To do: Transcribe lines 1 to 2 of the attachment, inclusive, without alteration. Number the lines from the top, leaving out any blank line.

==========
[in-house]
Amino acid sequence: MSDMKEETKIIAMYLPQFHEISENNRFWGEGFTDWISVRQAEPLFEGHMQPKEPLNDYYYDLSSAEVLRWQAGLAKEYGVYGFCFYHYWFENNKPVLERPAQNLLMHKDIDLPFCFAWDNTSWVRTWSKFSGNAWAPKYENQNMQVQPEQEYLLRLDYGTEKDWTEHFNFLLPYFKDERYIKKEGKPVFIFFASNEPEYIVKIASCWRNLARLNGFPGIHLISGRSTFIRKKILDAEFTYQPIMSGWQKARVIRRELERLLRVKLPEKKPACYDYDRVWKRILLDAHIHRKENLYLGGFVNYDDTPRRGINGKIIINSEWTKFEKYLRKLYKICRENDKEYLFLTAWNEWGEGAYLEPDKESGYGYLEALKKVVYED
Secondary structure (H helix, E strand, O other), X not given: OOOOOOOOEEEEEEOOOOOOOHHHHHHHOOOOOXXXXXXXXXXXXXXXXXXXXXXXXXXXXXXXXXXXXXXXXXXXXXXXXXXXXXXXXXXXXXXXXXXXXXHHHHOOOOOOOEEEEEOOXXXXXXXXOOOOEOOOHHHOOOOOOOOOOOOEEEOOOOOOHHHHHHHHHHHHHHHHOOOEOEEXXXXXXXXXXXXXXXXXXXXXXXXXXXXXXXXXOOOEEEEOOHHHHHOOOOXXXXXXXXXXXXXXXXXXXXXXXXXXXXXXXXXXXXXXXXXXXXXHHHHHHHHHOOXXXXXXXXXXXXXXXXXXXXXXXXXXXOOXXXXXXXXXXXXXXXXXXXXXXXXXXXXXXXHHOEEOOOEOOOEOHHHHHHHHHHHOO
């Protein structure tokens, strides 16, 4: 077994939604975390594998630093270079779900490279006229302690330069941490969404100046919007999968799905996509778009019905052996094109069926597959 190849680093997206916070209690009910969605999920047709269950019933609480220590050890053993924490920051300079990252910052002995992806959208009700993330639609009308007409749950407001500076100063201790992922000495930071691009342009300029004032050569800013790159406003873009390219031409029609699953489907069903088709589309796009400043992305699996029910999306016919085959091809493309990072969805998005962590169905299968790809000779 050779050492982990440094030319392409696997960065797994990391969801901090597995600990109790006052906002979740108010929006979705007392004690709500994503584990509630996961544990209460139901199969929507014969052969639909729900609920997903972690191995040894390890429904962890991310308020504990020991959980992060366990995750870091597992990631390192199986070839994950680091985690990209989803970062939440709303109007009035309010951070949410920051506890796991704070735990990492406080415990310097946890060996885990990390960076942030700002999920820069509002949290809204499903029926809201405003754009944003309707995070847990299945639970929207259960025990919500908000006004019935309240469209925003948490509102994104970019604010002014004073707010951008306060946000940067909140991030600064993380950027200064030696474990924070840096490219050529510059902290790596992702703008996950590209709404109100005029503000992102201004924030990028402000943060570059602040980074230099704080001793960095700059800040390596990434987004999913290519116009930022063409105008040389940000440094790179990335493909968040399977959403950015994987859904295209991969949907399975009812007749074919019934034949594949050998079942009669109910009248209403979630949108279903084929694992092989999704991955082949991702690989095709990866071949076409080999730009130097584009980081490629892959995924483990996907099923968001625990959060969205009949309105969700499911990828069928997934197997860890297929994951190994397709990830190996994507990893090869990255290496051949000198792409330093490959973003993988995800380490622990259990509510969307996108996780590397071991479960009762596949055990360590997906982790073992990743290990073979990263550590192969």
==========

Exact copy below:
[in-house]
Amino acid sequence: MSDMKEETKIIAMYLPQFHEISENNRFWGEGFTDWISVRQAEPLFEGHMQPKEPLNDYYYDLSSAEVLRWQAGLAKEYGVYGFCFYHYWFENNKPVLERPAQNLLMHKDIDLPFCFAWDNTSWVRTWSKFSGNAWAPKYENQNMQVQPEQEYLLRLDYGTEKDWTEHFNFLLPYFKDERYIKKEGKPVFIFFASNEPEYIVKIASCWRNLARLNGFPGIHLISGRSTFIRKKILDAEFTYQPIMSGWQKARVIRRELERLLRVKLPEKKPACYDYDRVWKRILLDAHIHRKENLYLGGFVNYDDTPRRGINGKIIINSEWTKFEKYLRKLYKICRENDKEYLFLTAWNEWGEGAYLEPDKESGYGYLEALKKVVYED